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Re: [BKARTS] Bookart? Two dozen roses for the definers



& Thanks Michael, for this lovely reminder of the poetic function
of language.  It occurred to me yesterday in watching this debate 
unfold that it was essentially an ancient one.  the approach that
I have found most useful is Wittgenstein's.  Language is inherently
slippery and philosophical problems arise when we attempt to
use language as if it were a system of logical propositions (& 
denotatively). Rather than try to pin all our wriggling specimens 
down so that we can come up with a proper taxonomy -- 
why not think of artist books etc in terms of family resemblances?  
I should hope that each one is as unique as any human utterance --
perhaps some more Ford Mustang and some more Utopian Turtletop.
That is to say again that the connotative or metaphoric use of
language is ultimately more satisfying.  ambiguity will arise
however we slice it.


Karen Randall
http://www.propolispress.com


> -------- Original Message --------
> Subject: Re: [BKARTS] Bookart? Two dozen roses for the definers
> From: Michael Joseph <mjoseph@xxxxxxxxxxxxxxx>
> Date: Fri, April 20, 2007 7:53 am
> To: BOOK_ARTS-L@xxxxxxxxxxxxxxxx
> 
> Thanks, Peter, It's sweetly nostalgic to read these discussions and
> definitions of ten or more years ago and to remember some of our old
> pals. I thought the cumulated discussion defines the terms under
> discussion more sensibly and usefully than the tags/captions being
> debated, but I kept feeling the beauty of the discussion was at
> variance to what we were attempting to define and what we thought we
> were saying. Perhaps the term "Bookart" is useful after all, if only
> to acknowledge something weird here. Marianne Moore's attempts to
> re-name the Edsel, which follows, courtesy of the Wikipedia, came to
> mind. Edsel, a difficult name to place The name of the car, Edsel, is
> also often cited as a further reason for its unpopularity. Naming the
> vehicle after Edsel Ford was proposed early in its development,
> however the Ford family strongly opposed its use, Henry Ford II
> stating that he didn't want his father's good name spinning around on
> thousands of hubcaps. Ford also ran internal studies to decide on a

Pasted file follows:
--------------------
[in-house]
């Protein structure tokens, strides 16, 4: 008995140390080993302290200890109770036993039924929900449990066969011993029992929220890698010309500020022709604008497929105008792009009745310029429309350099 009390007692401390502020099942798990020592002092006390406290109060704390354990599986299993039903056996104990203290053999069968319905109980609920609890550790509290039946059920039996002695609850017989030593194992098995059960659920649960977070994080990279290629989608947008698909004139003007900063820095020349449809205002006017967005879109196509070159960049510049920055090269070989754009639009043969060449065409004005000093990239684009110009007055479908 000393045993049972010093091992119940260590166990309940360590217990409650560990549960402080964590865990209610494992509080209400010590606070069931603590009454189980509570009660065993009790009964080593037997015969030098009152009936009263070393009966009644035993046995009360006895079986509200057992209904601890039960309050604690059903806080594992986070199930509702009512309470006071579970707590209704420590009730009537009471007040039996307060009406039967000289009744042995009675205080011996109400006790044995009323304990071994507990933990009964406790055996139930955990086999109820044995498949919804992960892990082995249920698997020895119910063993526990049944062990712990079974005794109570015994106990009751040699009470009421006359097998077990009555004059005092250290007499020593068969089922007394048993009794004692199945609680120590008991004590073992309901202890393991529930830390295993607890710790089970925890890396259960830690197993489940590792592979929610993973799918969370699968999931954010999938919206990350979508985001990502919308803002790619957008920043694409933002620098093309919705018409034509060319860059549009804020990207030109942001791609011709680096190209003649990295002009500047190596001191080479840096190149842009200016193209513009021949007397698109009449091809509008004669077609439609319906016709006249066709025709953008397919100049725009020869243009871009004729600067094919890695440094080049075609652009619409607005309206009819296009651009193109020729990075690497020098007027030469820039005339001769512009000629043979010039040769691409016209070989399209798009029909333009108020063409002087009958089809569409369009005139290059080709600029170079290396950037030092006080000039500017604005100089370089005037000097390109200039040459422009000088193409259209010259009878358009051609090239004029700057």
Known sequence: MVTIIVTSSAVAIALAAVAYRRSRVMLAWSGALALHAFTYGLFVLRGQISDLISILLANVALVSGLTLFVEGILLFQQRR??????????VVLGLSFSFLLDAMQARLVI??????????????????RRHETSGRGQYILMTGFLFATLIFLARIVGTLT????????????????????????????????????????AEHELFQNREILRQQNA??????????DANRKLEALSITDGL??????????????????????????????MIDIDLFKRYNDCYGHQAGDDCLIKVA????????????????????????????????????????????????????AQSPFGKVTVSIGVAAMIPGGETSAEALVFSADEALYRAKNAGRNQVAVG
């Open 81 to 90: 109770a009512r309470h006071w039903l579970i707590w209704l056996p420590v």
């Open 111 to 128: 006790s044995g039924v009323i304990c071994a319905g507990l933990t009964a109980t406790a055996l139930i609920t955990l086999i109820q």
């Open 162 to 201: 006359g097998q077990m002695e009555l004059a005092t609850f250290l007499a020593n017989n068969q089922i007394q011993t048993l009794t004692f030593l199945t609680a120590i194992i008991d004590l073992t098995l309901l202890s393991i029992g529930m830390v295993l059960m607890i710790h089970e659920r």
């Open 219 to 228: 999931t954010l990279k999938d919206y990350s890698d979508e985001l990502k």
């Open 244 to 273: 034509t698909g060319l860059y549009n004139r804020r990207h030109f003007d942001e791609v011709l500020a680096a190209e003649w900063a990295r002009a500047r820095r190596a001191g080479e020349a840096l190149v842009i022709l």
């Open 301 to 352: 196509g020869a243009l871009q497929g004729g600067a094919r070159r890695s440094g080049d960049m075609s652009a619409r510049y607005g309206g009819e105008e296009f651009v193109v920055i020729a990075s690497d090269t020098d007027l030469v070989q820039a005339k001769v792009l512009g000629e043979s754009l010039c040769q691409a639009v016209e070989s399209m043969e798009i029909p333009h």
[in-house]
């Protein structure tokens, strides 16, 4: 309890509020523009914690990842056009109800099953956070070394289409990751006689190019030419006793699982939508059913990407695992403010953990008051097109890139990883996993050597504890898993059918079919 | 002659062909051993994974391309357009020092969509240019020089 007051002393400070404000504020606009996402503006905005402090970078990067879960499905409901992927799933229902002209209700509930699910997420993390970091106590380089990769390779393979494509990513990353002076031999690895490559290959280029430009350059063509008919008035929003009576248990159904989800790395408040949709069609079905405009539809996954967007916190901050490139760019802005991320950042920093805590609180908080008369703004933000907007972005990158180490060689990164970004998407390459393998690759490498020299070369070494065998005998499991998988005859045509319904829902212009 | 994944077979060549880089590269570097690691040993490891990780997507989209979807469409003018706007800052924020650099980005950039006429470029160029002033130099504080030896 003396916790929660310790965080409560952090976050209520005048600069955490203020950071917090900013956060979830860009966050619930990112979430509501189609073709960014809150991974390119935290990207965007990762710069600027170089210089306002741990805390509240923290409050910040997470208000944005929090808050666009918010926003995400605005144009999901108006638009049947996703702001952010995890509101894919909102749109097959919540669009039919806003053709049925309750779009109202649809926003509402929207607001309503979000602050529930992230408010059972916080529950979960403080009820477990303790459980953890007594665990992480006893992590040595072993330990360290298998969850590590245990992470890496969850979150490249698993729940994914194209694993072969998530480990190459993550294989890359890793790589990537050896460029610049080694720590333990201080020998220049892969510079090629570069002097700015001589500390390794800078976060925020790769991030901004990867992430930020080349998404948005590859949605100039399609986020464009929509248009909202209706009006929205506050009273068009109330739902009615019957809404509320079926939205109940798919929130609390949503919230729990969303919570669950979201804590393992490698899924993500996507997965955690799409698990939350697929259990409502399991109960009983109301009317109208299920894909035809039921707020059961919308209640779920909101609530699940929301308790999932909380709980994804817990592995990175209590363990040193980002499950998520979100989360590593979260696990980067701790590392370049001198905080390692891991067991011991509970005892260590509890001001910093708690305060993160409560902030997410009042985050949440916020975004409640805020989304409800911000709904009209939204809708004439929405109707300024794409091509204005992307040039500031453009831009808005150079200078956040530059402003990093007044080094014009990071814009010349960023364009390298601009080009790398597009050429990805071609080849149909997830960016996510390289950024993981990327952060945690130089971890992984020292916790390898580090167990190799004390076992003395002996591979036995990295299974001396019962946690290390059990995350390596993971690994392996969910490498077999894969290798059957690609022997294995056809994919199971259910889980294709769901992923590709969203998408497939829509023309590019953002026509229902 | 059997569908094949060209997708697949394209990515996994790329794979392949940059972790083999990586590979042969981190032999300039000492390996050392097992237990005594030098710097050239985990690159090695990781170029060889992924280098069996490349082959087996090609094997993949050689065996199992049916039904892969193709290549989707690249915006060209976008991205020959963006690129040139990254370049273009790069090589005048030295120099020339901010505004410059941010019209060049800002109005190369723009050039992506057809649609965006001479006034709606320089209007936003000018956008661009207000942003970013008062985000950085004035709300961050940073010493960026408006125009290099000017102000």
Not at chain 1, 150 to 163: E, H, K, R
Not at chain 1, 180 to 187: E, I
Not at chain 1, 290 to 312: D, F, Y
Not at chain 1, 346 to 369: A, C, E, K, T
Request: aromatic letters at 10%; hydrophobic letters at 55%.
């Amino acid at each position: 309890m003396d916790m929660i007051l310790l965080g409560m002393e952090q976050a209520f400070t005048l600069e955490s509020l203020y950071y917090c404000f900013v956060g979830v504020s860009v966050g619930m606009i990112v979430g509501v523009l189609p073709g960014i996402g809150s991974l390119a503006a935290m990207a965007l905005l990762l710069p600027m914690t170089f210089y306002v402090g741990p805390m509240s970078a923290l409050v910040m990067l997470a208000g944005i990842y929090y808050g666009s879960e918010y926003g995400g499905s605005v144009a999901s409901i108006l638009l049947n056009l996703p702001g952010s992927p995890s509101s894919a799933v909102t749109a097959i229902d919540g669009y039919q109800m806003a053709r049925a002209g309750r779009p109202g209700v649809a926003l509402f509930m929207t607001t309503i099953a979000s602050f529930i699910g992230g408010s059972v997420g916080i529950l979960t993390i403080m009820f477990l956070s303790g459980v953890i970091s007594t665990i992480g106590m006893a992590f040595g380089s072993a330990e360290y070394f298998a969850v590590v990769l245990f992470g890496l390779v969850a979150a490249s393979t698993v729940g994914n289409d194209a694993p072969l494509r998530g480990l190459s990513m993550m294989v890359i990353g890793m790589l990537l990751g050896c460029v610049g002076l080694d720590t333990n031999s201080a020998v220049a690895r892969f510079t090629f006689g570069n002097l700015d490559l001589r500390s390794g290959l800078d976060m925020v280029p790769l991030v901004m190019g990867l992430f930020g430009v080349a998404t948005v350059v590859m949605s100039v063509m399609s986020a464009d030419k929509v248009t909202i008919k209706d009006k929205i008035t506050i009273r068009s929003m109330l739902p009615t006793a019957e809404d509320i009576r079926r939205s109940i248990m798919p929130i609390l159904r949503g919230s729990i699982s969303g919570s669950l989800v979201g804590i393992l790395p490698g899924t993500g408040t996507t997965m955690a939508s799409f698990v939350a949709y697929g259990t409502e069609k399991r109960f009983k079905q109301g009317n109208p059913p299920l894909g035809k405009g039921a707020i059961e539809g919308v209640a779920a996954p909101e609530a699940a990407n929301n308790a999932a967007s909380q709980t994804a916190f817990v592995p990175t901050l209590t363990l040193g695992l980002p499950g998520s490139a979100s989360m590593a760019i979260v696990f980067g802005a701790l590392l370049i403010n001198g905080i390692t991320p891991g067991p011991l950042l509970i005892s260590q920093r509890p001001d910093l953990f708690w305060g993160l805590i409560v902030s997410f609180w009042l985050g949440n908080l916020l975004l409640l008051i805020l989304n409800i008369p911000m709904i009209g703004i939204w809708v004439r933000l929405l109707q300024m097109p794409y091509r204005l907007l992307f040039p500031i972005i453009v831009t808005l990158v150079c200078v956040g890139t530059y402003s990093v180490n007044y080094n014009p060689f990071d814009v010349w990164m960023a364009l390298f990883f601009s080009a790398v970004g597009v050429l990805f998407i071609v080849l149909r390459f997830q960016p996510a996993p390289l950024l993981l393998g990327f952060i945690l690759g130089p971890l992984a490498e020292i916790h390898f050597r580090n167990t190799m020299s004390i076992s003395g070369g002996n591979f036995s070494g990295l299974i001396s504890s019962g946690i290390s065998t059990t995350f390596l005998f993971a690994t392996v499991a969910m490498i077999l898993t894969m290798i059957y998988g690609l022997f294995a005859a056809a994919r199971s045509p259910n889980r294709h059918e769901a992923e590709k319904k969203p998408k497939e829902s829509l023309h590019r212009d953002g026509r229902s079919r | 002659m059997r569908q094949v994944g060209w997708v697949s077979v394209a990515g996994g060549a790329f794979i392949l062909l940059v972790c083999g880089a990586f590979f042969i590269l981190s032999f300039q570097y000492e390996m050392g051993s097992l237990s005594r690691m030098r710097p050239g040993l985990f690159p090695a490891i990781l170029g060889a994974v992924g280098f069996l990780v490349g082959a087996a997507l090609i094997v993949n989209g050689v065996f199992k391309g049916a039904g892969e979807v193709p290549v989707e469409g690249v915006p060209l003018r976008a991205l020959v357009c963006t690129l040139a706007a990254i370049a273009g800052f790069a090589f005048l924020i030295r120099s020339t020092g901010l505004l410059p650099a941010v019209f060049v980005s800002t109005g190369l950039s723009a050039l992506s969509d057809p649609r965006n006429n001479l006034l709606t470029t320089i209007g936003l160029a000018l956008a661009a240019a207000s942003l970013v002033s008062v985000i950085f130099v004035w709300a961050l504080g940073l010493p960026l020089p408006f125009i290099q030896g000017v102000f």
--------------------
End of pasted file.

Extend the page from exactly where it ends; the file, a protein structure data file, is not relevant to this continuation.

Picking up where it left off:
> name, and even dispatched employees to stand outside movie theatres to
> poll audience as to what their feelings were on several ideas. They
> reached no conclusions. Ford hired the advertising firm Foote, Cone
> and Belding to come up with a name. However when the advertising
> agency issued its report, citing over six thousand possibilities,
> Breech commented that they had been hired to develop a name, not six
> thousand names. Early favorites for the name brand included Citation,
> Corsair, Pacer and Ranger, which were ultimately chosen for the
> vehicle's series names. David Wallace, Manager of Marketing Research
> and co-worker Bob Young unofficially invited poet Marianne Moore for
> input and suggestions. Wallace's rationale was "who better to
> understand the nature of words than a poet." Moore, a loyal Ford
> owner, submitted numerous lists which included: "Silver Sword,"
> "Thundercrest" (and "Thundercrester"), "Resilient Bullit,"
> "Intelligent Whale," "Pastelogram," "Adante con Moto" "Varsity
> Stroke," and "Mongoose Civique." (One name she suggested, "Chaparral",
> later coincidentally was used for a racing car.) Against the strong
> objection from her brother, Moore also submitted the name TURCOTINGA,
> which was a play on the Cotinga (a South American finch) and the color
> turquoise; however she noted in her letter to Wallace that it was
> simply a suggestion that if wanted to go in direction of nature, that
> she had several volumes of works that she could review. In a letter
> dated December 8, 1955, Moore wrote the following: Mr Young, May I
> submit UTOPIAN TURTLETOP? Do not trouble to answer unless you like it.
> Marianne Moore All these outside ideas were rejected, although Miss
> Moore received two dozen roses and a thank you note affectionately
> addressed to the Top Turtletop which Moore found amusing. In her reply
> to Young she regretted that she could not have been more help, and
> noted that she was looking forward to trying out the vehicle when it
> was introduced. *********************************************** Visit
> "The Book of Origins: A survey of American Fine Binding" Online
> exhibit and catalog order form at  For all your subscription
> questions, go to the Book_Arts-L FAQ and Archive. See  for full
> information ***********************************************

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